INVERCLYDE is facing a mental health crisis as care bosses reveal that local services are facing some of the worst problems in Scotland.

Central Greenock has been highlighted as a particular problem patch, with high numbers of homeless people and individuals living in temporary accommodation.

The area has the highest rate of people admitted to hospital for drug abuse anywhere in the whole country and more than double the rate of alcohol-related admissions than affluent areas of Inverclyde.

It has also recorded the biggest rise in the most serious mental health illnesses, like bipolar disorder, depression and schizophrenia

The alarming findings - outlined in a report for councillors - come as the council, NHS, police and third sector are brought together to form a new joint board to tackle the problem.

Council leader Stephen McCabe said: "We have been made very aware of mental health issues particularly amongst young people in recent times.

"With mental health we know there is a national crisis but reading this report we come to a view that there is very much a local crisis here.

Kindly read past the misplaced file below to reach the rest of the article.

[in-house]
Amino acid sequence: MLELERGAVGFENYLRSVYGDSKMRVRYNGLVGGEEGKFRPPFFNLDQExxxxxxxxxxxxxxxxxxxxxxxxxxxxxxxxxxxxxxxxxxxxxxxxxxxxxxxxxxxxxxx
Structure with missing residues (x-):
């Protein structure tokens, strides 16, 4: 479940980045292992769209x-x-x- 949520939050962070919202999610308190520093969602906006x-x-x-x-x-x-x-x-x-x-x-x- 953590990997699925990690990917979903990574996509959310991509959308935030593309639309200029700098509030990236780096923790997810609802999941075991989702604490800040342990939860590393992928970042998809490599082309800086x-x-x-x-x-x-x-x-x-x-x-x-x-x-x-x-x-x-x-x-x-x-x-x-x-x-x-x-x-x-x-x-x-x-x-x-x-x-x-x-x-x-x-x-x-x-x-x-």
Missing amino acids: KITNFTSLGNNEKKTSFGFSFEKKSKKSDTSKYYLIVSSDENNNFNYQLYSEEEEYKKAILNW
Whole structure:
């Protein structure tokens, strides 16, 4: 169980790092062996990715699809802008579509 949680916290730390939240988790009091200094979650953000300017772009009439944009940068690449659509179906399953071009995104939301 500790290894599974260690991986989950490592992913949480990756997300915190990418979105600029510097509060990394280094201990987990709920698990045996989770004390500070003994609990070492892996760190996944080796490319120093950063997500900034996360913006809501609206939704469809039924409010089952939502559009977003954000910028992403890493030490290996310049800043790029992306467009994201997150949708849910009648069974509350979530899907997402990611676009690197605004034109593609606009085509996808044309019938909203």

"Some of the stuff in this report is very concerning."

The briefing was discussed at a meeting of the health and social care committee and member Jim Clocherty, who represents the centre of the town, said it showed that his constituency was in dire need of help.

He said: "There is a large problem in Inverclyde but the evidence shows that we have a huge problem in the centre of Greenock, and that has to be addressed."

Among issues highlighted by the report is an 18 per cent increase in the most serious cases of mental health illness.

The number of referrals to the child and adolescent mental health services (CAMHS) rocketed from 100 in 2016 to over 180 in February this year.

Mental health is often linked to adverse events in childhood and Inverclyde has the country's highest rate of kids on the child protection register as a result of parental drug abuse.

The mental health community response team for people in crisis is reporting a year on year rise in referrals with 683 in 2018/19, a total of 70 more cases than 2016/1`7.

In relation to psychiatric admissions to hospital, 87 per cent of patients come from the most deprived areas of Inverclyde.

Expert analysis says that admissions would be 64 per cent lower if there was no inequality gap.

The local authority's health and social care committee has decided to back plans for a new mental health programme board to provide leadership on facing up to the crisis.

Councillor Jim MacLeod welcomed the commitment to tackling the problems outlined in the report.

He added: "As someone who has suffered from mental health problems this is important."